But the pus started to flow, and after five days of a continuous IV drip of some superpowerful antibiotic (vancomycin), they let me go home with a raft of prescriptions. I’m currently taking more antibiotics, as well as the “usual” supply of “welcome to being a diabetic” pills. I get to stab myself in the finger 5-8 times a day to test my blood sugar, and stab myself in the stomach twice a day to inject a long-acting insulin into my adipose tissue.

Of course, being who we are, we promptly looked up other things that increase insulin sensitivity and bought all of them. So in addition to the prescriptions, I’m taking a raft of natural pills from cinnamon to fish oil to Chromium Picolinate, all to help the insulin do its thing better. Our goal is to have me no longer stabbing myself in the stomach…I hate stabbing myself in the stomach. The needle is fine enough that it doesn’t actually hurt, but it’s just freaking creepy, because it’s more than an inch long.

Even just being able to switch to an oral insulin would be really nice.

Medicinal Guilt
All through this, my wife and I have been having this bizarre emotional experience. Being told that you were within an hour or two of dying from septic shock is one thing — hello, mortality! — but we’ve also been having this long-term guilt. We really poo-pooed modern medicine for a long time; we like to think that natural remedies are pretty much superior to Big Pharma in every circumstance.

But here’s the thing: our son’s ADHD wasn’t touched by all of the natural remedies we tried. And my infection didn’t bow an inch to all of the garlic, olive leaf, and oregano extract we could shove at it. And even with the reasonable diet we’ve been eating for years (OK, mostly reasonable), I still managed to get my 90-day average blood sugar up to levels so high that the hospital diagnosed me as diabetic on that fact alone.

So we’ve got this guilt complex going on because we really ended up needing modern medicine — and one of the things they don’t really tell you about natural medicine is that there’s this ongoing implication that if it doesn’t work for you, it’s because you’re doing it wrong.

Which, when you apply it to something like faith healing, pretty clearly makes it sound like a scam. But we totally bought into it — we were constantly trying new things, because everyone makes it sound like the natural cure for whatever you have is out there…you just haven’t done it right yet. And that, the implication continues, is either because you’re not researching hard enough or you’re somehow cheating even if you don’t realize it. And that’s crap. The simple fact is that there are some things that even Ancient Wisdom™ can’t fix.

We’re not going to stop trying to live a life centered on natural remedies for our problems. But I think that we have learned over the past month that there is a place in our lives for pharmaceutical medicine as well, even if we don’t want there to be.

My meeting with the doctor to talk about my ADHD got canceled seeing as I was in the hospital attached to an IV at the time — but it’s scheduled for tomorrow, and I fully expect to come home with a prescription of some kind.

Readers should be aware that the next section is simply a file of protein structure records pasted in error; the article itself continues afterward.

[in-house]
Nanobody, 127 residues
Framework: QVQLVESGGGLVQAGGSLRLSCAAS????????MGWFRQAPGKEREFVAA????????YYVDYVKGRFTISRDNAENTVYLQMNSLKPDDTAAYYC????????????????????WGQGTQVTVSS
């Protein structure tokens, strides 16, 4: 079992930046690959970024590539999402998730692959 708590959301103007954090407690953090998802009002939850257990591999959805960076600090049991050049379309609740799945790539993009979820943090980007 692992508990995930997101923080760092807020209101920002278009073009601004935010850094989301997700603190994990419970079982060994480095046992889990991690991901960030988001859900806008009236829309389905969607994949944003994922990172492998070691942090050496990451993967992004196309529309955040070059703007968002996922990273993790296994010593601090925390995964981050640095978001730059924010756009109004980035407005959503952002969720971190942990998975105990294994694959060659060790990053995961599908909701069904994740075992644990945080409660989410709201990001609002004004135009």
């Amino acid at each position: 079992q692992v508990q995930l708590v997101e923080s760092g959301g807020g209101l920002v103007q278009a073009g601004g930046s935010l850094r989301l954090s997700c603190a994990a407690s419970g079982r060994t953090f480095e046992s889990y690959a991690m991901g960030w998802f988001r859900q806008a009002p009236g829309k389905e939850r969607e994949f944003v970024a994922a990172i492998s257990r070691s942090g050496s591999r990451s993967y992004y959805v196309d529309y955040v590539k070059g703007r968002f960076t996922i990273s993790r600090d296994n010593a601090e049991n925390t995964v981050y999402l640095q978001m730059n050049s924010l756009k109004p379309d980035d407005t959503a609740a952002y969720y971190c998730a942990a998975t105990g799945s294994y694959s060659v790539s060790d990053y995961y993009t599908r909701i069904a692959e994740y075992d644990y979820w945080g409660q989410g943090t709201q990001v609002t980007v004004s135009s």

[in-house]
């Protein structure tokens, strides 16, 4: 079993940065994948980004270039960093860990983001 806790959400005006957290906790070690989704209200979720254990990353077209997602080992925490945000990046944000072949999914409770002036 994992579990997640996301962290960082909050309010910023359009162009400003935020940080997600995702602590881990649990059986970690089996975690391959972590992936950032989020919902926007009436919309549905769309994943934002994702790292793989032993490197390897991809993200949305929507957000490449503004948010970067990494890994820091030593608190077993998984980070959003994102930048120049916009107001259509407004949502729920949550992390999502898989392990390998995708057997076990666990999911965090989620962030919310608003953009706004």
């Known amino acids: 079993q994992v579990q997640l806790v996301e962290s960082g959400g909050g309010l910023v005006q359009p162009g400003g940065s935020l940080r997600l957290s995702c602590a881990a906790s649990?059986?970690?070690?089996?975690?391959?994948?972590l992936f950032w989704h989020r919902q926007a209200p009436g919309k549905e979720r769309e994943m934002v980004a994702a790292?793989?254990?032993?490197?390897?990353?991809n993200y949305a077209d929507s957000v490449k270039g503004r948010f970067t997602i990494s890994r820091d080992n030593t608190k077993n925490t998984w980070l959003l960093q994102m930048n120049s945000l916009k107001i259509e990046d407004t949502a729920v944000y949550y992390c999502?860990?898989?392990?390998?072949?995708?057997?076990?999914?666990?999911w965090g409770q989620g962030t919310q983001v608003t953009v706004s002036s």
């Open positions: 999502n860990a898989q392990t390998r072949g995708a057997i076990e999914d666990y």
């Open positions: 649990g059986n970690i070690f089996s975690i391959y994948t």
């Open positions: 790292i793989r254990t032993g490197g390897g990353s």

We’ll see where it goes. I’ve seen my son over the past couple of weeks continue to be a sparkling disco ball of chaos and energy. The only thing Adderall has done to him is give him enough focus to turn that energy into awesome stuff. He picks up Legos now, and actually builds functionalish things out of them. He borrows the Kindle to play Minecraft, and ends up building giant statues of people complete with hollow insides and appropriate-colored organs and everything…which he then fills with little chickens and cows until they’re about to come spilling out of the mouth, and then uncorks the butthole and watches his statue poop angry chickens for five minutes while he laughs maniacally.

He’s also, if anything, more in touch with his emotions now. He used to be almost mystically unflappable — now, he gets frustrated and expresses that frustration in perfectly normal ways. He used to go for hours without saying a word; now, we can’t get him to shut up. He’s constantly talking about the videos he’s watching, or the gadget he’s building, or what the Power Rangers would do in this situation. It’s wonderful.

So I’m not really worried anymore about that. I’m mostly fascinated to see what life will be like. I cracked a joke to the doctors about being diabetic and ADHD at the same time — because one requires constant attention and religious discipline and the other basically robs you of both of those things. They laughed…and then they told me to talk to the doctor about it, seriously. So it’s not just about saving my marriage and cleaning my kitchen anymore. My life might actually depend on it.

That’s almost as scary as being told you were about to die and didn’t know it. Maybe even slightly scarier.

Wish me luck.

Ever have one of those weeks?

So I got sick — seriously sick — this week. My wife sent an email around describing what happened:

Sunday evening, Mikie turned bright red all over. Literally like a lobster. I have never seen anything like it, and my first reaction was, “Hey. You probably also have a fever.” So I checked his temperature via the old time-honored mom-hand-that-recognizes-the-difference-between-normal-kindahot-hot-and-hellahot. He was hot. So I busted out the stethoscope Mom gave me (this should be a requirement for everyone to have) and checked his lungs and heart. Lungs were clear, heart rate was 120.